As an artist, Kafka felt that his contribution to society had to go further than simply living a family life which he considered ideal for most: his spiritual exploration is an attempt to approach the limits, the frontier of knowledge and “force his way beyond it into the unexplored regions of consciousness” (p. 225). For him there is a deep breach between being and consciousness (which he also refers to as appearance and reality, the absolute and the human, the spiritual world and the world of the senses), though it is only illusory and must be overcome. He considers himself an explorer with a special gift of clear vision moving forward through a desolate wasteland in search of a more habitable country (p. 222). This reminds us of Nietzsche and his own quest for truth and knowledge, alone in the highest icy mountains. Here is probably the origin of the landscape we find in Das Schloss. Both Nietzsche and Kafka considered knowledge a necessary previous impulse rather than a goal. Life itself was the goal and no other objective is to be sought: what matters is pure inquiry because, as Kafka adds, we are trapped in the deceptive world of the senses. His moral rigorism was, of course, not shared by Nietzsche.
[The original sin and the fall. Michelangelo]
Kafka’s longing for a family was put aside to answer his summons, his task as a writer: he had to be one of the scarce spiritual leaders to help his community out of the wasteland of darkness (the image of light as truth, and its opposite, darkness as confusion appears repeatedly in Kafka’s works). There were reasons for this: the difficult new times had obscured the importance of religion as the primary element of cohesion in society. For Kafka, religion is a human innate impulse, and art (through legends and myth) unveils falsehood and helps to approach ‘das Unzerstörbare’, the indestructible core, which could never be apprehended intellectually but only “by living a certain way and thus being part of it” (p. 239). Kafka considered literature important “as a vehicle of national feeling” (p. 21).
His responsibility didn’t permit him active intervention (p. 135) but his task was unavoidable. In his writings there are frequent images in which Kafka sees himself as a military leader or sometimes a watchman or guardian (let’s not forget his admiration for Napoleon, Alexander the Great or Moses). The decline in traditional values, the dwarfing of man by capitalism, the collapse of the Austrian empire and his own increasing sense of not belonging where he was (Czechoslovakia was demanding independence; Germany, where he always wanted to live, was never his country even though that was his native language and culture; there was a clear increase of anti-Semitism), together with the possibility of helping set the basis for a new community of Jews which the Balfour Declaration of 1917 made possible in Palestine, all fed by his increasing sympathy with Zionism, led him to consider it his duty to set the soil for the new society based on religious foundations in accordance with his convictions.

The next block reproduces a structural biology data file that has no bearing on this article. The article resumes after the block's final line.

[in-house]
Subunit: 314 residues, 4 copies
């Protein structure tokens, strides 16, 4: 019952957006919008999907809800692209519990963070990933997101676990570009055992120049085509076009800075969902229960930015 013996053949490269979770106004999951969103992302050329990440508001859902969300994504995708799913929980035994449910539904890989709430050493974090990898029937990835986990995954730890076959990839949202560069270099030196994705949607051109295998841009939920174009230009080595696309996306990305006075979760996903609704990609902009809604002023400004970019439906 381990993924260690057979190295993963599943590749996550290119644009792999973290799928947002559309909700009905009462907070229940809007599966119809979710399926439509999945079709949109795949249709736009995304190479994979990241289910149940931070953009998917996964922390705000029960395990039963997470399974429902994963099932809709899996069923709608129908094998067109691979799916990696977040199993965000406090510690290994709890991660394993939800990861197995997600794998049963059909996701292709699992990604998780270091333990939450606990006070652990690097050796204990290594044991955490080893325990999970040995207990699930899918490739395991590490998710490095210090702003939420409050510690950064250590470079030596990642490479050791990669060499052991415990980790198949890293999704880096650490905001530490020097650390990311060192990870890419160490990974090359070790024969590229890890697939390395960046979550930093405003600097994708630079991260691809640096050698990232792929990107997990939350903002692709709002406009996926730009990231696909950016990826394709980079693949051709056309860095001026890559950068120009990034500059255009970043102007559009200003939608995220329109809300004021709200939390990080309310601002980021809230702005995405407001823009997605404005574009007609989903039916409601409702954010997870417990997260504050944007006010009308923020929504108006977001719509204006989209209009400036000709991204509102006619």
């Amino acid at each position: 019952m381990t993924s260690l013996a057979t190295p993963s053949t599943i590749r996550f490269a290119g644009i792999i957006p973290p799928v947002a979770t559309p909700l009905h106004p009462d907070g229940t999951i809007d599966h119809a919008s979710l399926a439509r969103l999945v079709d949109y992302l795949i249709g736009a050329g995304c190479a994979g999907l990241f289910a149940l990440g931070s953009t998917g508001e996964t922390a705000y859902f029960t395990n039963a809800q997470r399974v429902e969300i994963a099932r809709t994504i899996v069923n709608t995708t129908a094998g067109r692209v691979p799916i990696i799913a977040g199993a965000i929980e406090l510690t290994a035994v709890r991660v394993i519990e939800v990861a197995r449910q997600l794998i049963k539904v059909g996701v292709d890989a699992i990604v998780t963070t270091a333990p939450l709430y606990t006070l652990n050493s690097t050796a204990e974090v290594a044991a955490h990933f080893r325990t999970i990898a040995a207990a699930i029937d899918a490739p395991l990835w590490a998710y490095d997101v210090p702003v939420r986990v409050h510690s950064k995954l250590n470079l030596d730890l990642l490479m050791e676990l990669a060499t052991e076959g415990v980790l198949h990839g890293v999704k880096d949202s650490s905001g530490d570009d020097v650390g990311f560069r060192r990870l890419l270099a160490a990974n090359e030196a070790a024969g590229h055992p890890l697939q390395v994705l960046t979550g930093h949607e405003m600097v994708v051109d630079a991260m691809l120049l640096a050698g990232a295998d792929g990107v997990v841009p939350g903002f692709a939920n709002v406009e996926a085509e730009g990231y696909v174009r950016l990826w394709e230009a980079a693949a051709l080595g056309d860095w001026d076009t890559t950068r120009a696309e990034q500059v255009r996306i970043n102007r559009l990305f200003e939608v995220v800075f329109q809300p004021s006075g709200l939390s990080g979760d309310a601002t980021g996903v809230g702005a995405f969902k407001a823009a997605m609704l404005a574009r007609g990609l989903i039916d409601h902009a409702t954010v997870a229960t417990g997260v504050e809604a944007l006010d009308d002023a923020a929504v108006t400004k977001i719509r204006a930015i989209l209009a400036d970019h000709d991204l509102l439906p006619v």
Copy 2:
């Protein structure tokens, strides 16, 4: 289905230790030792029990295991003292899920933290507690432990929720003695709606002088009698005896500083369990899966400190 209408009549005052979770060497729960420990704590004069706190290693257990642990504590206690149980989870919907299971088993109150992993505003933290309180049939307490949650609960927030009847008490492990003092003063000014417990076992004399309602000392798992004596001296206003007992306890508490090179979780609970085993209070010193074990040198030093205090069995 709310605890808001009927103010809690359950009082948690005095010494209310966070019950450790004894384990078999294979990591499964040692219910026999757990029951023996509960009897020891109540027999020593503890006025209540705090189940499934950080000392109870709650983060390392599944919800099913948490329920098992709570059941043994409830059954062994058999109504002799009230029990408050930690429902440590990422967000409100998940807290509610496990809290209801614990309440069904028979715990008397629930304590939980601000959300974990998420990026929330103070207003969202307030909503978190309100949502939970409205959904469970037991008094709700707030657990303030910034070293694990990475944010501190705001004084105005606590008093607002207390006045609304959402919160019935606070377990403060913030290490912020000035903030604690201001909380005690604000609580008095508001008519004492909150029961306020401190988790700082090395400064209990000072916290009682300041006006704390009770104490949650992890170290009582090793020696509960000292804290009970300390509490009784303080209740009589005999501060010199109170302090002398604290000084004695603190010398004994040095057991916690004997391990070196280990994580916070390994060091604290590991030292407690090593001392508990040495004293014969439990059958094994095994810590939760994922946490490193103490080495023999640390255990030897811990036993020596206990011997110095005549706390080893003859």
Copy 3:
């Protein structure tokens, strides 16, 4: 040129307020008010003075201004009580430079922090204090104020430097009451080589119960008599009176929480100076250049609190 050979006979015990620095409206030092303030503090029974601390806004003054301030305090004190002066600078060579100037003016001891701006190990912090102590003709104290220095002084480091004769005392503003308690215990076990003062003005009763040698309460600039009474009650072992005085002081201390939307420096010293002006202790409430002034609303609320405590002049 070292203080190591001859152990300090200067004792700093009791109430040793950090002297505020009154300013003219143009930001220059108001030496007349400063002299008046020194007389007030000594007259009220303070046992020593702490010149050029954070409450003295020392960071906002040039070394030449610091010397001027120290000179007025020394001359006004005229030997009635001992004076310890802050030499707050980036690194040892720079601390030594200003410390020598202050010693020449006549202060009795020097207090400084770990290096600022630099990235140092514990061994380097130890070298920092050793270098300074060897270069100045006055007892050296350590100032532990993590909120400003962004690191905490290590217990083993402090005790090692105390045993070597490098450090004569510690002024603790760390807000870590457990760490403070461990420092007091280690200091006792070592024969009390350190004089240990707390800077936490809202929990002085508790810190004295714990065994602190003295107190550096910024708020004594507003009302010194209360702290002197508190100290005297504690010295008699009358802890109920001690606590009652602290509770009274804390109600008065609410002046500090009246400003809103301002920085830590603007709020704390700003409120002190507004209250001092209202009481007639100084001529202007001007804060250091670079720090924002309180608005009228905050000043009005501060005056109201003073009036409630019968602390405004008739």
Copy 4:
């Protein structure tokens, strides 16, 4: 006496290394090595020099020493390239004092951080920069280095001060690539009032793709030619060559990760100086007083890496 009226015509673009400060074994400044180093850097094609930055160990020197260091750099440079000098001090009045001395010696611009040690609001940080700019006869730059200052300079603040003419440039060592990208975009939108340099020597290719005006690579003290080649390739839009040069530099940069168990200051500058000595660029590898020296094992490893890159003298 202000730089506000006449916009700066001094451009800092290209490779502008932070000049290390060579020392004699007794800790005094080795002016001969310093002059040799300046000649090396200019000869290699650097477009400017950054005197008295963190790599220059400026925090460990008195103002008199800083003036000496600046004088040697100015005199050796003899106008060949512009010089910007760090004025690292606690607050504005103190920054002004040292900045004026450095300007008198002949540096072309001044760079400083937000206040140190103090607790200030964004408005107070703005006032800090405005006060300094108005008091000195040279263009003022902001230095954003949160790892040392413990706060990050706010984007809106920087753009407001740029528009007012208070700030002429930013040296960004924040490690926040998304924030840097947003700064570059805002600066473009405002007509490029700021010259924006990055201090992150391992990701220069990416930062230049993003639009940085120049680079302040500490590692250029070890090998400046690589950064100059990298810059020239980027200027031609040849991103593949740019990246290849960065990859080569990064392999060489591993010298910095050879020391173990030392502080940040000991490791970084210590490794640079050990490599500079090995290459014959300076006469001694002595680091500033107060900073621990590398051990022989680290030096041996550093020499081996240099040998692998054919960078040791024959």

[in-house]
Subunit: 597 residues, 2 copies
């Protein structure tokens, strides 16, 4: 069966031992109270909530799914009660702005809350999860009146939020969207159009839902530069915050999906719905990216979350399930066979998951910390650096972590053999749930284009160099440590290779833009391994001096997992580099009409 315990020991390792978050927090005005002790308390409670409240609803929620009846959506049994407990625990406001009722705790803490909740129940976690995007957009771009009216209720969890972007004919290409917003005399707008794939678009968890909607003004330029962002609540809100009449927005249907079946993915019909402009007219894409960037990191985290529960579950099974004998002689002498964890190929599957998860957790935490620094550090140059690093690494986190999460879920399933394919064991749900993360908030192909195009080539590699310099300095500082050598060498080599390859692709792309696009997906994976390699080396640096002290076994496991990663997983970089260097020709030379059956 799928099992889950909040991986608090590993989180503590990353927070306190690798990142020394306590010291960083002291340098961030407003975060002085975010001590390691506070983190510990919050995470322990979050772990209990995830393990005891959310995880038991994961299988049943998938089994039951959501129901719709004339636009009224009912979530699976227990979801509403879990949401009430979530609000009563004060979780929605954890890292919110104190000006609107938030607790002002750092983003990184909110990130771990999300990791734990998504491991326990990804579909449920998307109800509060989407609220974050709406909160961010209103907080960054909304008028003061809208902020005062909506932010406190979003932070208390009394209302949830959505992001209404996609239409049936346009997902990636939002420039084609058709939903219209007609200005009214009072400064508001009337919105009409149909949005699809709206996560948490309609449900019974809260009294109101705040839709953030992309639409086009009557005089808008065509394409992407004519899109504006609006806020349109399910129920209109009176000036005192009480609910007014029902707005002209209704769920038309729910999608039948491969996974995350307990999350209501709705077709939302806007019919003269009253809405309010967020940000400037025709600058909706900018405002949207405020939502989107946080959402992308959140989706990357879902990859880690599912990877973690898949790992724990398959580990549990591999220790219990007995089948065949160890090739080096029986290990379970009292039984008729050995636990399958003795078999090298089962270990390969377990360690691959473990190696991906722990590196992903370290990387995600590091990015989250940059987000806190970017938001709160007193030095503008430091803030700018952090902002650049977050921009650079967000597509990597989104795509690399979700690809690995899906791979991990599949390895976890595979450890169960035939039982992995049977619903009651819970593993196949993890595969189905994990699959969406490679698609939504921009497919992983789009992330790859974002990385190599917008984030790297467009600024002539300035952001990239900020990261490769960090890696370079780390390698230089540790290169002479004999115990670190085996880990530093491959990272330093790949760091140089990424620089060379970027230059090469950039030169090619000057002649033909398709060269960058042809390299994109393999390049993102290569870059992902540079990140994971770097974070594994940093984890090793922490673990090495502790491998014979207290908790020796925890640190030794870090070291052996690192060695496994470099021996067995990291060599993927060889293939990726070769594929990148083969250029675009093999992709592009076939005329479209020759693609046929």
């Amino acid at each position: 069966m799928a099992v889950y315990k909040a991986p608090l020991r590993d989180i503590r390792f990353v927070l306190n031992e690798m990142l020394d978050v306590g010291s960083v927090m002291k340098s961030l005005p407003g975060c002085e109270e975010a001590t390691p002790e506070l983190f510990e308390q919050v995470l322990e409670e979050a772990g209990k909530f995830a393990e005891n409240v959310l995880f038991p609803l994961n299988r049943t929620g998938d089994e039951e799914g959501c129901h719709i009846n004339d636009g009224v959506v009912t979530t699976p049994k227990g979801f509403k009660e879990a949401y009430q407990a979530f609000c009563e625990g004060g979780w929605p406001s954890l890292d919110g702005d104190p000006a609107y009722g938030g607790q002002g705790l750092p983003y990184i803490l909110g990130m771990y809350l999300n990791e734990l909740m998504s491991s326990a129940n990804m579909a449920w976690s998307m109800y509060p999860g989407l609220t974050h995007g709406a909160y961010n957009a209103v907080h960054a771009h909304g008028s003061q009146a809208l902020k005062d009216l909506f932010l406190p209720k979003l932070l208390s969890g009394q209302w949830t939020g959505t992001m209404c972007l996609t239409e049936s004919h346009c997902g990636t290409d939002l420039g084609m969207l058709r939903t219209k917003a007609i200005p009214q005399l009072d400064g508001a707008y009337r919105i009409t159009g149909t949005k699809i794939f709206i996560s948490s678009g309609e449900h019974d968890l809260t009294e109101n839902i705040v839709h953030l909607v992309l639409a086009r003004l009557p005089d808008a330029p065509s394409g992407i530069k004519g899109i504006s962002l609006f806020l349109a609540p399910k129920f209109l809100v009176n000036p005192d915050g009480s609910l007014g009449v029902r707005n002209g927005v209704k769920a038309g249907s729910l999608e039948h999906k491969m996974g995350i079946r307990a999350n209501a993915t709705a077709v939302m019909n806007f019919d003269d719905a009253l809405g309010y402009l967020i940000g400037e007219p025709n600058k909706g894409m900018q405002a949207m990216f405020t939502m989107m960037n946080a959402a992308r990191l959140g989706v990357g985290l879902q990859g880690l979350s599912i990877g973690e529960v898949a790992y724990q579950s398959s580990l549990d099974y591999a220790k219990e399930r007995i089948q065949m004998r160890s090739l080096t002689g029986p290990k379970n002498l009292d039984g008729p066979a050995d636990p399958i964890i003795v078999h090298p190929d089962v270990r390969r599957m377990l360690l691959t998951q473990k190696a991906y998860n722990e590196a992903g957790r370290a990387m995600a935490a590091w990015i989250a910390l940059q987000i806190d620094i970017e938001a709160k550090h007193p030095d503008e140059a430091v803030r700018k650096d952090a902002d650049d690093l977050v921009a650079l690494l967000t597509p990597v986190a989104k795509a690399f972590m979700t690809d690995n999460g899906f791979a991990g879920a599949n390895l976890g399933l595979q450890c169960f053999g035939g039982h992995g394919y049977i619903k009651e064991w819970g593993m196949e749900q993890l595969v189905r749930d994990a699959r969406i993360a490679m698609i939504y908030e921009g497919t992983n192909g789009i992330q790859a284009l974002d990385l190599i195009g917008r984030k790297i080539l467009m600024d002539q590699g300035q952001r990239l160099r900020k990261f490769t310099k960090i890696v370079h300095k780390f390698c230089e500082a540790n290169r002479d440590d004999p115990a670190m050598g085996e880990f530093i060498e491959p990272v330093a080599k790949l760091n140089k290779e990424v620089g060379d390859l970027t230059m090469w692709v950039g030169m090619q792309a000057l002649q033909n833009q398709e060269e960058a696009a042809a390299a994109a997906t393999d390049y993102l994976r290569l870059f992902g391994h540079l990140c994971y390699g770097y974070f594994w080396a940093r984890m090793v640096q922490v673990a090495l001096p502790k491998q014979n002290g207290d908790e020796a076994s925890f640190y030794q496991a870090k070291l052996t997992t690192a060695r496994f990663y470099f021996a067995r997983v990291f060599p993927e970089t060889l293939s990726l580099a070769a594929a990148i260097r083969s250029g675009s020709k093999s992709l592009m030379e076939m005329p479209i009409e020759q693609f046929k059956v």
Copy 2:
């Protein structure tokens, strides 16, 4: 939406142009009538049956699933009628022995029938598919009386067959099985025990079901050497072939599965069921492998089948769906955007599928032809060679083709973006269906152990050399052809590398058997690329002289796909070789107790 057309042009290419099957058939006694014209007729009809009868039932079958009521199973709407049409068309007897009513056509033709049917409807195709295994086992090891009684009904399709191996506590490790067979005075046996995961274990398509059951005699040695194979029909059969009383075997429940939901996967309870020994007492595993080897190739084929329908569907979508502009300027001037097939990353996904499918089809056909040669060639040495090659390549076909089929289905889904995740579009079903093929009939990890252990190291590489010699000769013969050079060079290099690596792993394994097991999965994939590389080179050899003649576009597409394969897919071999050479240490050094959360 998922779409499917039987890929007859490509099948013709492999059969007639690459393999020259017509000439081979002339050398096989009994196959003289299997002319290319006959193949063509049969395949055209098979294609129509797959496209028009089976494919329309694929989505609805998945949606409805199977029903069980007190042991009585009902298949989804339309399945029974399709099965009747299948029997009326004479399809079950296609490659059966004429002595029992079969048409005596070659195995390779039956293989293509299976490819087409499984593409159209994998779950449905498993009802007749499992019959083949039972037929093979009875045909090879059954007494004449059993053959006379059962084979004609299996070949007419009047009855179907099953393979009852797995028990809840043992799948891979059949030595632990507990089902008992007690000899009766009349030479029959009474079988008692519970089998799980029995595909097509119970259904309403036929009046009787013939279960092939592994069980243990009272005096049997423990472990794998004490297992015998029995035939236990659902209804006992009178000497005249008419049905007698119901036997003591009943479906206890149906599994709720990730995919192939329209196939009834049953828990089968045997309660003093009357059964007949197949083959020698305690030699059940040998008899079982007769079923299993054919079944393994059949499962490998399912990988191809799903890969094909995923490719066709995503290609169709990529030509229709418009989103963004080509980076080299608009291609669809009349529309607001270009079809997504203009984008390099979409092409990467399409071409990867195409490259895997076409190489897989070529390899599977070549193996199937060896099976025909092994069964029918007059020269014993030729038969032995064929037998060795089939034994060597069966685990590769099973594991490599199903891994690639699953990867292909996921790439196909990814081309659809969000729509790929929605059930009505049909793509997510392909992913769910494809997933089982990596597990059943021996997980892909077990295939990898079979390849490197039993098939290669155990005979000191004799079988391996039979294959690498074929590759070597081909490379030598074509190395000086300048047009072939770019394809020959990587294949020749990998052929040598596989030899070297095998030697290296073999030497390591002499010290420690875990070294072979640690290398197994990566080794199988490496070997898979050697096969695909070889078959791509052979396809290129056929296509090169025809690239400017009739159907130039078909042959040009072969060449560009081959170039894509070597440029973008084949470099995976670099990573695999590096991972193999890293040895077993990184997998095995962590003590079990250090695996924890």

Contradictory as he was, however, Kafka often didn’t consider himself fit for the task, but felt obliged to undertake it since the perplexed age either provided no leaders or those who were fit to lead were not willing or prepared to answer the summons. This can be observed in his detachment from the previously admired Werfel upon perceiving that he evaded his social responsibilities by depicting a gifted man who received a call but was set back by his private traumas (p. 222).
Kafka’s views imply that “the present lacks authority, but requires not so much a political leader (Alexander) as a spiritual one (Moses). By his methods of indirection and suggestion, Kafka conveys […] a diagrammatic picture of the condition of the world. Traditional authority is impotent, society is in decline: at its best it lacks heroes, at worst it is threatened by primitive violence and anarchy. A spiritual leader is required, but none is available; instead, the task of defending the community has fallen to frail and humble people who are unequal to it.” (p. 139).
[Moses by Michelangelo]
Kafka’s main narrative achievement as a narrator, according to Robertson (who disagrees on this aspect with the view commonly held by experts) is that he attains an ironic detachment from the hero combined with solidarity towards him by means of offering two perspectives: apparently, the reader’s view coincides with that of the protagonist and therefore we can feel his sufferings, but on the other hand we receive additional information from an external narrator who doesn’t make himself too obvious but allows the reader a certain distance and a superior view. What we have is a combination of sympathetic and ironic identification which serves Kafka to illustrate that our knowledge can be “contradicted by our sensations […] This discrepancy between what one knows and what one feels […] is not easy to convey in literature” (p. 75).
Paradoxical, bewildering, puzzling, cryptic, disturbing, perplexing, oblique, subtle, enigmatic, chilling… are all adjectives that Robertson employs to define Kafka and his work. The fact that so many different interpretations of his writings are possible and coherent makes him one of the greatest writers of the twentieth century, for it means that his view is not simply Jewish, or Czech or German. He is one of the most complex and subtle writers of our time. Kafka, the outcast, has a special gift to express human nature which very few writers have.
[Bridges of Prague]
(All my gratitude goes to Julia Greef for her invaluable assistance and kindness revising the text and making the necessary corrections)